Poll watcher recruitment prompts concerns of potential election disruption

Uncategorized

NORWALK, Calif. (NewsNation Now) — Like many other states, early voting started this week in California, but for Election Day there is increasing concern over potential disruptions and voter intimidation as both the Trump and Biden campaigns are actively recruiting poll watchers.

It has election officials sounding off with some reminders of the rules.

At the registrar’s headquarters in Los Angeles County on Friday, a fairly steady stream of voters came to cast early ballots or drop theirs off into one of the official boxes.

The watching on Election Day is a concern heading into Nov. 3.

There could be a record turnout of not only voters — but also poll watchers — sparked by President Donald Trump’s statement during last week’s debate.

“I’m urging my supporters to go into the polls and watch very carefully,” said Trump.

Since then, both campaigns have ramped up the recruiting of supporters to monitor voting at polling places.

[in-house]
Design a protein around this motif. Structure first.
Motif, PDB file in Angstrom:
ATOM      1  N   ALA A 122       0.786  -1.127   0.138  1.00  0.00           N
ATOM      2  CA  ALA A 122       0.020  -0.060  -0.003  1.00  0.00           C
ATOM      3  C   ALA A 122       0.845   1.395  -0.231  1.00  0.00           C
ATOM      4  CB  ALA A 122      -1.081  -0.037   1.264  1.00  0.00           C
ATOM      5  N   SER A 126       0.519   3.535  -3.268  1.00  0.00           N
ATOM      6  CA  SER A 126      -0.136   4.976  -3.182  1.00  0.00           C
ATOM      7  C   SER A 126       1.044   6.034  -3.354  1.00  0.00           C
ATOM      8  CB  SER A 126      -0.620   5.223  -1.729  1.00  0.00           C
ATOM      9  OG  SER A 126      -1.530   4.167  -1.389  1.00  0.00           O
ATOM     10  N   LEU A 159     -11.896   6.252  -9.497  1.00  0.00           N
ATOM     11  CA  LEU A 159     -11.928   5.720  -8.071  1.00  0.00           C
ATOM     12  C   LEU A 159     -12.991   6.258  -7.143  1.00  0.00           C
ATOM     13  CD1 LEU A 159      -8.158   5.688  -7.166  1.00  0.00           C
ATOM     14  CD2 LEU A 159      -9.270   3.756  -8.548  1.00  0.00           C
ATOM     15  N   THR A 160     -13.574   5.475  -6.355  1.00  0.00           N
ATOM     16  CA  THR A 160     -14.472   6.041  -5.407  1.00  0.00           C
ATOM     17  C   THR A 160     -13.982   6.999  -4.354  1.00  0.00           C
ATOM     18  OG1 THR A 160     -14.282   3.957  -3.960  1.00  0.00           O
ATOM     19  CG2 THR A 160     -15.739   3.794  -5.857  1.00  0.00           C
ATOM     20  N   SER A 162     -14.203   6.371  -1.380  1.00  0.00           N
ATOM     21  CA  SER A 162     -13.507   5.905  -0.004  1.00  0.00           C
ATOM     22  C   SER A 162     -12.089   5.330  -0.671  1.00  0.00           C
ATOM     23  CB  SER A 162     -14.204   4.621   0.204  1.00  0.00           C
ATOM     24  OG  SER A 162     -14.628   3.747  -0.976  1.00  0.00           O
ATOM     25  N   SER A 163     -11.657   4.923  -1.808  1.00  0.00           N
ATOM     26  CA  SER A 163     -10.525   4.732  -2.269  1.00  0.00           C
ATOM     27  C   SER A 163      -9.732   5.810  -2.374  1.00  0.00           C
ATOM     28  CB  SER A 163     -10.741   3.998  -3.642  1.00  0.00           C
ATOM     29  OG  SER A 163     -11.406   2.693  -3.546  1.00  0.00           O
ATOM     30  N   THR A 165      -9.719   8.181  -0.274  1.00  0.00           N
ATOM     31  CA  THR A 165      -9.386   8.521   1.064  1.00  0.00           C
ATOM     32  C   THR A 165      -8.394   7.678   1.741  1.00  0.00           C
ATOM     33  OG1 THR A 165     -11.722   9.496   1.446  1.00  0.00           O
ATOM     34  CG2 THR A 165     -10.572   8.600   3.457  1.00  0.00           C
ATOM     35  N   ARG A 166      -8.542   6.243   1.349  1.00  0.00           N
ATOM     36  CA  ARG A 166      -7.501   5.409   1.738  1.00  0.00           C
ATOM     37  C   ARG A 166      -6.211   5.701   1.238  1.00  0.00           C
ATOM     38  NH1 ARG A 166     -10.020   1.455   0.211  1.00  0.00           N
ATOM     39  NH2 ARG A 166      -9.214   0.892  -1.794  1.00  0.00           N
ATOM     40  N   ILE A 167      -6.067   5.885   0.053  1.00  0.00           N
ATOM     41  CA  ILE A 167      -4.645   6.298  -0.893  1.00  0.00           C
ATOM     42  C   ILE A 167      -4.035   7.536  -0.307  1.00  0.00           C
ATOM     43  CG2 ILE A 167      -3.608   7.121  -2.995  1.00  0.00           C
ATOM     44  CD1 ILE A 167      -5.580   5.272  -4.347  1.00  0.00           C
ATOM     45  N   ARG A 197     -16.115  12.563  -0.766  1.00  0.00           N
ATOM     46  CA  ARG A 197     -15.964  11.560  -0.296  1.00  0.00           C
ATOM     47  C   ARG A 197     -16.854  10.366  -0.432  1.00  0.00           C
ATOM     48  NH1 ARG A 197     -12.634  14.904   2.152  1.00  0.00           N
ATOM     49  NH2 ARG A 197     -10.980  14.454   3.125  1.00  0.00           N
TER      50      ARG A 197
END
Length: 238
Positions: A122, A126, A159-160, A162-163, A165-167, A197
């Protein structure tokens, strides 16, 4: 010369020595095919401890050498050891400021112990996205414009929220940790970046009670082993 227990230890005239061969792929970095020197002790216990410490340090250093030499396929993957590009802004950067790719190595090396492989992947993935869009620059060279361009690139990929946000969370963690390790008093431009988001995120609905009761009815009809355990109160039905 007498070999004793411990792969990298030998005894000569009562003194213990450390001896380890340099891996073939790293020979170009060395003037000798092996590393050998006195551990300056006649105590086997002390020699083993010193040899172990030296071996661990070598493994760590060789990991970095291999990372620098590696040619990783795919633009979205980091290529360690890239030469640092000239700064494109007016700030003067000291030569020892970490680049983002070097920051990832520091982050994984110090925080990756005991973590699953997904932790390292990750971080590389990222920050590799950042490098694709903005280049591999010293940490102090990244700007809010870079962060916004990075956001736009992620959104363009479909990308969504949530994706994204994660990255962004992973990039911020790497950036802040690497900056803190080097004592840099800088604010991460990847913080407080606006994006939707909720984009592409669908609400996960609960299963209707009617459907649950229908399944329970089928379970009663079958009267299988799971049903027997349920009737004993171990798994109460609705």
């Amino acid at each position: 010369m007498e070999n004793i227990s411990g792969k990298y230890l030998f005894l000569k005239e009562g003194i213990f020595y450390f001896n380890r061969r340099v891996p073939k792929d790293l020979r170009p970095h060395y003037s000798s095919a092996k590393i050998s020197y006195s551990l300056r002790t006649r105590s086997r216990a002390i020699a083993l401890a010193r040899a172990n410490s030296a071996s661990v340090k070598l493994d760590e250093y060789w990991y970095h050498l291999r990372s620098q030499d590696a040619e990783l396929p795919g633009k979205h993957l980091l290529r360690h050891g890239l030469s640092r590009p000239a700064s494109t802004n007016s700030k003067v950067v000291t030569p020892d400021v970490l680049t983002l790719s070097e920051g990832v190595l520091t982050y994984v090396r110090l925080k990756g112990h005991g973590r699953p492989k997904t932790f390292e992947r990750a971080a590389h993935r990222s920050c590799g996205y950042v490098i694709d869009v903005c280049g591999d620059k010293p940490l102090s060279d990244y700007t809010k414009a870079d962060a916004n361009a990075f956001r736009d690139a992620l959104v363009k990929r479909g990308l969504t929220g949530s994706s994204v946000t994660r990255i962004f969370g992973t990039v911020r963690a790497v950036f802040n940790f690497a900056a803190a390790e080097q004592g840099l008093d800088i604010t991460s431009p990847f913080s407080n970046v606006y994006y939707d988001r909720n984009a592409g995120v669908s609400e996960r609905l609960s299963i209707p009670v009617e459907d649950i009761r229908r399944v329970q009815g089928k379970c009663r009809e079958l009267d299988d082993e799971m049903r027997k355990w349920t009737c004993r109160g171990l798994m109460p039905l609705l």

Some feel the extra presence alone may be intimidating.

“I hope it does not stop people from coming out to express themselves. Whatever side they may be. Nothing should stand in the way of our constitutional right,” said Frances Garcia, an L.A. County voter.

In California, concern prompted a detailed memo this week from the Secretary of State’s Office. It stresses that poll watchers are not allowed to block access to voting locations or even to talk to voters. The memo also notes that firearms possession at a polling place is a felony.

Essentially, the role of an observer is strictly to observe.

That is also the case in Nevada.

“When a person is an observer, they have to follow certain guidelines that are set out. They are not active participants in the voting process. They are passive observers,” said Wayne Thorley, Nevada Department of Security of State for Elections.

The laws governing poll watching vary from state to state. In California, anyone is allowed to be an observer. But officials stress it is illegal to get in the way of the voting process and the state law carries a prison sentence of up to three years.

Copyright 2020 Nexstar Inc. All rights reserved. This material may not be published, broadcast, rewritten, or redistributed.

Trending Stories